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|Created:||Jun 29, 2020 at 6:20 p.m.|
|Last updated:|| Jun 30, 2020 at 12:58 a.m.
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|Content types:||Geographic Feature Content Geographic Raster Content|
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Flower opening and closure are traits of reproductive importance in all angiosperms because they determine the success of self- and cross-pollination. Different accessions of cultivated and wild lettuce were observed to flower at different times of day. An F6 recombinant inbred line population (RIL) had been derived from accessions of L. serriola accession Armenian999 x L. sativa landrace PI251246 that originated from different environments and differed markedly for daily floral opening time. The 236 RILs, both parental lines, and two controls, L. sativa cv. Salinas and L. serriola accession UC96US23, were grown in summer 2019 at the Department of Plant Sciences field facility in Davis, CA. The experiment had two complete randomized blocks, each consisting of 240 plots to accommodate the 240 genotypes. Within each block, eight individuals of each RIL or parent were planted into one 10 ft x 1 row plot.
Seven ground control points were set up in the field, four near the corners and three along the field’s East-West centerline. GPS coordinates, with an accuracy within a few centimeters, were recorded using a handheld data collector (Trimble Geo 7x Series). These coordinates were used in processing drone images to ensure that images collected at different times and dates aligned perfectly with one another.
A MicaSense RedEdge multi-spectral camera was mounted on a DJI Matrice100 drone. The camera captured images at five wavelengths: blue (475 nm center, 20 nm bandwidth), green (560 nm center, 20 nm bandwidth), red (668 nm center, 10 nm bandwidth), red edge (717 nm center, 10 nm bandwidth), and near-infrared (840 nm center, 40 nm bandwidth). In this study, only the blue, green, and red wavelengths were used for flower identification. The drone was flown over the experimental field at 9 am, 11 am, 1 pm and 3 pm on July 1st, 2019, and 10 am, 12 pm, 2 pm and 4 pm on July 9th, 2019. A DJI GS Pro app was used to plan and execute the flight. The drone flew at 15 meters above ground, and images were taken at a frequency that ensured 85% front- and side-overlaps between each pair of adjacent images. A MicaSense calibration panel was used for automated adjustment of the reflectance spectra. Raw images from the camera were stitched and processed with the Pix4DMapper Pro photogrammetry software to generate orthomosaic maps of surface reflectance at 1 cm spatial resolution. On average, 2,309 raw images were generated per time point, and 2,181 raw images were used to assemble each five-spectrum field map. With the reconstructed maps, the borders of individual plots were manually determined using the software ArcMap.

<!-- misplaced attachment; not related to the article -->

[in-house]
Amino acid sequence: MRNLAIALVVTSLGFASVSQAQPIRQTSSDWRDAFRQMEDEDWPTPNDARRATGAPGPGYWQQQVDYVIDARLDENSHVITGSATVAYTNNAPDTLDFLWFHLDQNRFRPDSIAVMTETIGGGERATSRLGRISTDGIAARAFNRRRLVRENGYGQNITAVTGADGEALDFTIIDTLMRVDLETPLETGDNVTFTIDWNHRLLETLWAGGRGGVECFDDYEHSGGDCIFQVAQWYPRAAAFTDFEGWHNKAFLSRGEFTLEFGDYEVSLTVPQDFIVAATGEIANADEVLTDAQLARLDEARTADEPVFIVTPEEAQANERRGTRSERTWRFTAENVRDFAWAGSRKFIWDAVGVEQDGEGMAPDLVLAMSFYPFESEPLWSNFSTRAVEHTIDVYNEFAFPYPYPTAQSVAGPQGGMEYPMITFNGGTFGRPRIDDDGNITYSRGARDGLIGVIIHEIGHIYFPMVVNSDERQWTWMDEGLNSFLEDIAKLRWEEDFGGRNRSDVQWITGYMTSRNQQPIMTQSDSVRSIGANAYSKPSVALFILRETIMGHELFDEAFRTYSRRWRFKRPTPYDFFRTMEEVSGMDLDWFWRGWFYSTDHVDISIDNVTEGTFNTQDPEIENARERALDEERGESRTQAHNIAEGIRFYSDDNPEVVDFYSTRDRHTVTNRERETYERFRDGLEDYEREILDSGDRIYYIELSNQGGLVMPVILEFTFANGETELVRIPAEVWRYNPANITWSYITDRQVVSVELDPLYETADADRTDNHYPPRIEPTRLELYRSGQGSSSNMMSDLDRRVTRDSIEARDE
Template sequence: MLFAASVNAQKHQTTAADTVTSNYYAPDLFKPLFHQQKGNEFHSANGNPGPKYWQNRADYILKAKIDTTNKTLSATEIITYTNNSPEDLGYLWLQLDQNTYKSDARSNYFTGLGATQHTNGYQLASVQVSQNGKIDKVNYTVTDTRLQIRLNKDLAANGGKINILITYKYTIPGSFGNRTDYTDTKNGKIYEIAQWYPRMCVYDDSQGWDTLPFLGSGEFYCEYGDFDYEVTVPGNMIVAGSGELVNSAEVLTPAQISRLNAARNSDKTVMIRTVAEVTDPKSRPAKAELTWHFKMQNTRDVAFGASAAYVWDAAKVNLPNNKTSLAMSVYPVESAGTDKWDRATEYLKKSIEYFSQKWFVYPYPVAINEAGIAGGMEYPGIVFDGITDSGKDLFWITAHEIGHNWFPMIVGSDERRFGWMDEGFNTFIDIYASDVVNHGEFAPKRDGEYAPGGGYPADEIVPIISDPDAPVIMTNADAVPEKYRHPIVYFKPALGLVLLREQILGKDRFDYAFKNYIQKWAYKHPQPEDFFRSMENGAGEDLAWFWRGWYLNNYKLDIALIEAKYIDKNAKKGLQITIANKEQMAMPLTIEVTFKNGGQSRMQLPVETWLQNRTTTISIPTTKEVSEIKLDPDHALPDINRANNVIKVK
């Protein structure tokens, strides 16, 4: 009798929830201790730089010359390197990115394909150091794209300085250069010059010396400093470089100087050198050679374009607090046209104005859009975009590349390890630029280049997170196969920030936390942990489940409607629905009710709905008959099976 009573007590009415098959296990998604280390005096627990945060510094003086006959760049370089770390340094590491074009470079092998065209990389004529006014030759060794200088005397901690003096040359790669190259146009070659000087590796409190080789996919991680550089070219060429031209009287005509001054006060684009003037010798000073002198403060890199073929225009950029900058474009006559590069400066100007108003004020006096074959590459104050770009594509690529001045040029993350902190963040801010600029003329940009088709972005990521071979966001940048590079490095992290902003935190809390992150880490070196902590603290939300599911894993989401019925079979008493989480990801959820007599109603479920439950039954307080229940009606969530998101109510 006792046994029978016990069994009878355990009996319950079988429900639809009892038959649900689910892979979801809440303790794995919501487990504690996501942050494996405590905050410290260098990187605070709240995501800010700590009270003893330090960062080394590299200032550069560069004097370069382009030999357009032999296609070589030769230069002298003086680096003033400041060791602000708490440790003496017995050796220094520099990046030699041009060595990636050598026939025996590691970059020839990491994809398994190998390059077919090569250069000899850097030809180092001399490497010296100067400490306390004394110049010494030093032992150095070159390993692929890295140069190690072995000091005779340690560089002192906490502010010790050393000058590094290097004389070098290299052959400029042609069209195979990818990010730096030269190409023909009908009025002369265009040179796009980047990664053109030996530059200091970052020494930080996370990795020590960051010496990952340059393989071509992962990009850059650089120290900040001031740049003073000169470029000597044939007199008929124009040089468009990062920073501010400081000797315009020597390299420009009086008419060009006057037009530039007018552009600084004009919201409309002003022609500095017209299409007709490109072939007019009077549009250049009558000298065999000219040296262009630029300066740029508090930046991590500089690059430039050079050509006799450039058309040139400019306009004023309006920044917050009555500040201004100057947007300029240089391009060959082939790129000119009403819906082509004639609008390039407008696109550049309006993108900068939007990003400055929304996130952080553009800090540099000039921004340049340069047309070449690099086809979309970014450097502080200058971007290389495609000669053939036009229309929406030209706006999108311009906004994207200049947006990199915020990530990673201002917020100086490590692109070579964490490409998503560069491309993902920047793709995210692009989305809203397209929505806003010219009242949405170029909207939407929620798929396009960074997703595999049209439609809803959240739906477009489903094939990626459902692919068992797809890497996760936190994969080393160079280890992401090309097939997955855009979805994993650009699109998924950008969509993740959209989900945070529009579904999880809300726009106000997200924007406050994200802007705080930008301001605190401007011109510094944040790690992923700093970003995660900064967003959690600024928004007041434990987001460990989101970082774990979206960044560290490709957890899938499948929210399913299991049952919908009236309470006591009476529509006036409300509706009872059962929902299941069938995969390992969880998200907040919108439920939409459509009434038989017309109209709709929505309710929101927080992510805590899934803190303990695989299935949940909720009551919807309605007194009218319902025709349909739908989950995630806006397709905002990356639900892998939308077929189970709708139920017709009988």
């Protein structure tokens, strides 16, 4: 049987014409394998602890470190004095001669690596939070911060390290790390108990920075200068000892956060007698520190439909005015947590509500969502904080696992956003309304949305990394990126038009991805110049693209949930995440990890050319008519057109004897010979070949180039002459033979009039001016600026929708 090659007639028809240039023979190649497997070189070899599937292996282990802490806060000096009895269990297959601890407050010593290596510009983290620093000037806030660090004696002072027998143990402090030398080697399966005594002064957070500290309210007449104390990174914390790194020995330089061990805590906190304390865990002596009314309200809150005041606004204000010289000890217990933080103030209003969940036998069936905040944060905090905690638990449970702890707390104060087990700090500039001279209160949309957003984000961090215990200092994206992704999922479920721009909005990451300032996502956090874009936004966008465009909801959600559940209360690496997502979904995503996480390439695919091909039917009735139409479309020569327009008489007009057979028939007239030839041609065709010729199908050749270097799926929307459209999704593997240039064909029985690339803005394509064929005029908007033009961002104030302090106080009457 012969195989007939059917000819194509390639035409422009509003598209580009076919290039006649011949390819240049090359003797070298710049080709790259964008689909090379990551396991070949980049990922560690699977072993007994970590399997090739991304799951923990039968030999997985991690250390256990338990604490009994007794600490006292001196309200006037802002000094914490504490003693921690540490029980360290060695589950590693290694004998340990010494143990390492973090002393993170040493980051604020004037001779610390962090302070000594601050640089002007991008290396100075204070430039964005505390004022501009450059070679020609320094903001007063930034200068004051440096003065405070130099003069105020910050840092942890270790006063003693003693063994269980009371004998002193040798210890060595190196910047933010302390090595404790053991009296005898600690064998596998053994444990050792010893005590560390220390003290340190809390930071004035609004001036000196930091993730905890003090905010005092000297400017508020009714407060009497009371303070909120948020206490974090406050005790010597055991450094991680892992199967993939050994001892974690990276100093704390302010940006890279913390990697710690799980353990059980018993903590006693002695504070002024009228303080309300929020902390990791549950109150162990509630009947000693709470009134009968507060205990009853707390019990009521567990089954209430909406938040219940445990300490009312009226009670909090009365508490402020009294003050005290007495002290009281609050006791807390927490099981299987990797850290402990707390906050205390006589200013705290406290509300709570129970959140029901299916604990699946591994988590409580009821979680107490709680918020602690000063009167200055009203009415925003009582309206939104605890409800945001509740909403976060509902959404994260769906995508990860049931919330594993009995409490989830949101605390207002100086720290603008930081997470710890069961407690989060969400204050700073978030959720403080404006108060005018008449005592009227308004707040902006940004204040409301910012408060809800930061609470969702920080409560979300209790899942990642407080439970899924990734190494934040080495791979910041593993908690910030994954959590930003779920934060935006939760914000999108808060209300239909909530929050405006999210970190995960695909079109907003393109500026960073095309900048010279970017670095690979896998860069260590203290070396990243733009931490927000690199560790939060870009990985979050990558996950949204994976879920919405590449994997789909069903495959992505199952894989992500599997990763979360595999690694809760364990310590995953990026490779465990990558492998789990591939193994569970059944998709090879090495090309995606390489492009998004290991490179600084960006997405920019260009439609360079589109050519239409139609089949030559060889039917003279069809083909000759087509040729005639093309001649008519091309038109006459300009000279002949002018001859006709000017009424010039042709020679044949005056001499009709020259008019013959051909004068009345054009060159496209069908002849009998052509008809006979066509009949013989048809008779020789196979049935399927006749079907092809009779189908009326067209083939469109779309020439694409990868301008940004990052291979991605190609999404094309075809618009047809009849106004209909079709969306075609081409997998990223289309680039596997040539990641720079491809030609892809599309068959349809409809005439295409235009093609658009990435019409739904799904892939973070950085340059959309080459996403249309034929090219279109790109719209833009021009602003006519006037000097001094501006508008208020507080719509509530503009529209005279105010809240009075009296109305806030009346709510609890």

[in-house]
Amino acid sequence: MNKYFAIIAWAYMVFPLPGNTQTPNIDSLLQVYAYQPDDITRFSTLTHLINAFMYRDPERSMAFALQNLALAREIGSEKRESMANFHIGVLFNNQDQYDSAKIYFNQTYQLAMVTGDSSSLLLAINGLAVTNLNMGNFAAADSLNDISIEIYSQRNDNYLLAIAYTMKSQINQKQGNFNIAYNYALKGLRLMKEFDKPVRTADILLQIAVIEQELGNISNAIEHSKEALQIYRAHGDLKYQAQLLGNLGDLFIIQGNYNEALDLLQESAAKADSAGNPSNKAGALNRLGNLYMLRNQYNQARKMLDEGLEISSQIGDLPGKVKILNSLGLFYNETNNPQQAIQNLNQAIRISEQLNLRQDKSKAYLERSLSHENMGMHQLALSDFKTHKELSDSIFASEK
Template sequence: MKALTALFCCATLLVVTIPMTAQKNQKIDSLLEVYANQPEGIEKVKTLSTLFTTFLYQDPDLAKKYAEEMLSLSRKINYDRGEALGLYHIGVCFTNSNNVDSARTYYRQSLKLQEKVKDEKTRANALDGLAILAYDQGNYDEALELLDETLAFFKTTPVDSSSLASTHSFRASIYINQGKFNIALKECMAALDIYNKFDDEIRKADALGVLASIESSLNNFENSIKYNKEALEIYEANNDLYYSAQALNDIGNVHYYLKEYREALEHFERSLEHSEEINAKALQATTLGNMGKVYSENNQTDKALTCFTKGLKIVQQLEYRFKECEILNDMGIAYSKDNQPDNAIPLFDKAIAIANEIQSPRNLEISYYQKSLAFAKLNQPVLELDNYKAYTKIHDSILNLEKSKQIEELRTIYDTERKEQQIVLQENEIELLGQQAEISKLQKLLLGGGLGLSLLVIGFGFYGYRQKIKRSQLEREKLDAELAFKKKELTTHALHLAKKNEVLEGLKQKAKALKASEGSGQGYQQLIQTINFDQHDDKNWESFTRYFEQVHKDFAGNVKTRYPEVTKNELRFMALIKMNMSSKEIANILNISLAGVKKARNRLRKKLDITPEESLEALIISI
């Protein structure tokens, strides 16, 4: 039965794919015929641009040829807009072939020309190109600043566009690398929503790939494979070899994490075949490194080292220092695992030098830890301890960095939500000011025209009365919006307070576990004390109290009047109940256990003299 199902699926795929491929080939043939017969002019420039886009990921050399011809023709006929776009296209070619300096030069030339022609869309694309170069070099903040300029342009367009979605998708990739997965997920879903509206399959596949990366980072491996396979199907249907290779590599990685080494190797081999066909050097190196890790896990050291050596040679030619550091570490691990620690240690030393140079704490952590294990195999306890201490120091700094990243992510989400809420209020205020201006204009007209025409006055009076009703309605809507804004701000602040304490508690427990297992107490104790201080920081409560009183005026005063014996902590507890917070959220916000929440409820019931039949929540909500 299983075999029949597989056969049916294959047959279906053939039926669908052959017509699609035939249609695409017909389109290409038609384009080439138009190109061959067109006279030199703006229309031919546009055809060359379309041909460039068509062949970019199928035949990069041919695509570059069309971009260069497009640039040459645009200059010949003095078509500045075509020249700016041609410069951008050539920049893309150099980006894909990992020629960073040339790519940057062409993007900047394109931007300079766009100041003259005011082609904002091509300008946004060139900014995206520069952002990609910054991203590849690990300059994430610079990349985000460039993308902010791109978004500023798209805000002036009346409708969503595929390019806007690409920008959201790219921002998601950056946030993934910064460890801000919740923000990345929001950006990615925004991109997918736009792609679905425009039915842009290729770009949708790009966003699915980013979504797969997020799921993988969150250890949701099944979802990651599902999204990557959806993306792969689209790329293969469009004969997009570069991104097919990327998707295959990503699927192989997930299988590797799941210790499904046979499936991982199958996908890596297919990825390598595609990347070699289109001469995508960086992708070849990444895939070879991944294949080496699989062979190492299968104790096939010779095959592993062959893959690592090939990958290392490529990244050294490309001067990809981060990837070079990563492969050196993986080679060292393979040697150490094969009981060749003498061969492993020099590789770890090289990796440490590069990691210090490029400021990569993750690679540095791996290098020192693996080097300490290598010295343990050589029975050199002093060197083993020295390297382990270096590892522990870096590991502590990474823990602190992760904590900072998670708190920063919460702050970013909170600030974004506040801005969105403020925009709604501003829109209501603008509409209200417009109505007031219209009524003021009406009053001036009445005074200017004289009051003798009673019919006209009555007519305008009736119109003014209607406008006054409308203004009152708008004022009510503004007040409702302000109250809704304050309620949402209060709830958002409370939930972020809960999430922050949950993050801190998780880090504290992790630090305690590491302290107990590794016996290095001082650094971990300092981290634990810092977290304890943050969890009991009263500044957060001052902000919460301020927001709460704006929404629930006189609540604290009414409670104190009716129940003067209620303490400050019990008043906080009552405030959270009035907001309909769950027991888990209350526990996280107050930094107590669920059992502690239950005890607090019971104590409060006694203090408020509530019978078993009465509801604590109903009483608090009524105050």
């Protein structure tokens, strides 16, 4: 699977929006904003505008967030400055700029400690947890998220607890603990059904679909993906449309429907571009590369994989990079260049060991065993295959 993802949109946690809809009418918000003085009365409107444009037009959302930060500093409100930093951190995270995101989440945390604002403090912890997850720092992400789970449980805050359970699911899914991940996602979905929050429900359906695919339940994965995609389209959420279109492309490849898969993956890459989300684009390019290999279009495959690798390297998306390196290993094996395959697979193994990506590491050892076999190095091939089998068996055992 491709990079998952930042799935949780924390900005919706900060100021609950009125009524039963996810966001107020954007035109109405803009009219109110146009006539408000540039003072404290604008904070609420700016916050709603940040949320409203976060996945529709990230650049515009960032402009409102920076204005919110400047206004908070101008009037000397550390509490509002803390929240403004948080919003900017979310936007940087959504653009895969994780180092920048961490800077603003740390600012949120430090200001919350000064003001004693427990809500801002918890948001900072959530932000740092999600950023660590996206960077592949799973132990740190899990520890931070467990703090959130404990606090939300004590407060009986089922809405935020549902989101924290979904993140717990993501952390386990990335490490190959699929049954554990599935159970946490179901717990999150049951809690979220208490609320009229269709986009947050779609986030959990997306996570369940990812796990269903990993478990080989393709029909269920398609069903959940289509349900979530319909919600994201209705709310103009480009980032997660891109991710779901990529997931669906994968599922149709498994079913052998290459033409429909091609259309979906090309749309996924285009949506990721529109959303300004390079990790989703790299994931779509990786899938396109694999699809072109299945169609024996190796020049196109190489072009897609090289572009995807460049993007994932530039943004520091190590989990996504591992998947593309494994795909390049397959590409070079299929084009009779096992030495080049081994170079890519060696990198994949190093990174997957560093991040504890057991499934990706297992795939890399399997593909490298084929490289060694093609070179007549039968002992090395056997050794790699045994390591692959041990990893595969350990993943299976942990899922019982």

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This resource was created using funding from the following sources:
|Agency Name||Award Title||Award Number|
|National Science Foundation||Graduate Research Fellowship Program|
|United States Department of Agriculture||Specialty Crop Research Initiative||2015-51181-24283|
People or Organizations that contributed technically, materially, financially, or provided general support for the creation of the resource's content but are not considered authors.
|Andy j. Y. Wong||University of California, Davis|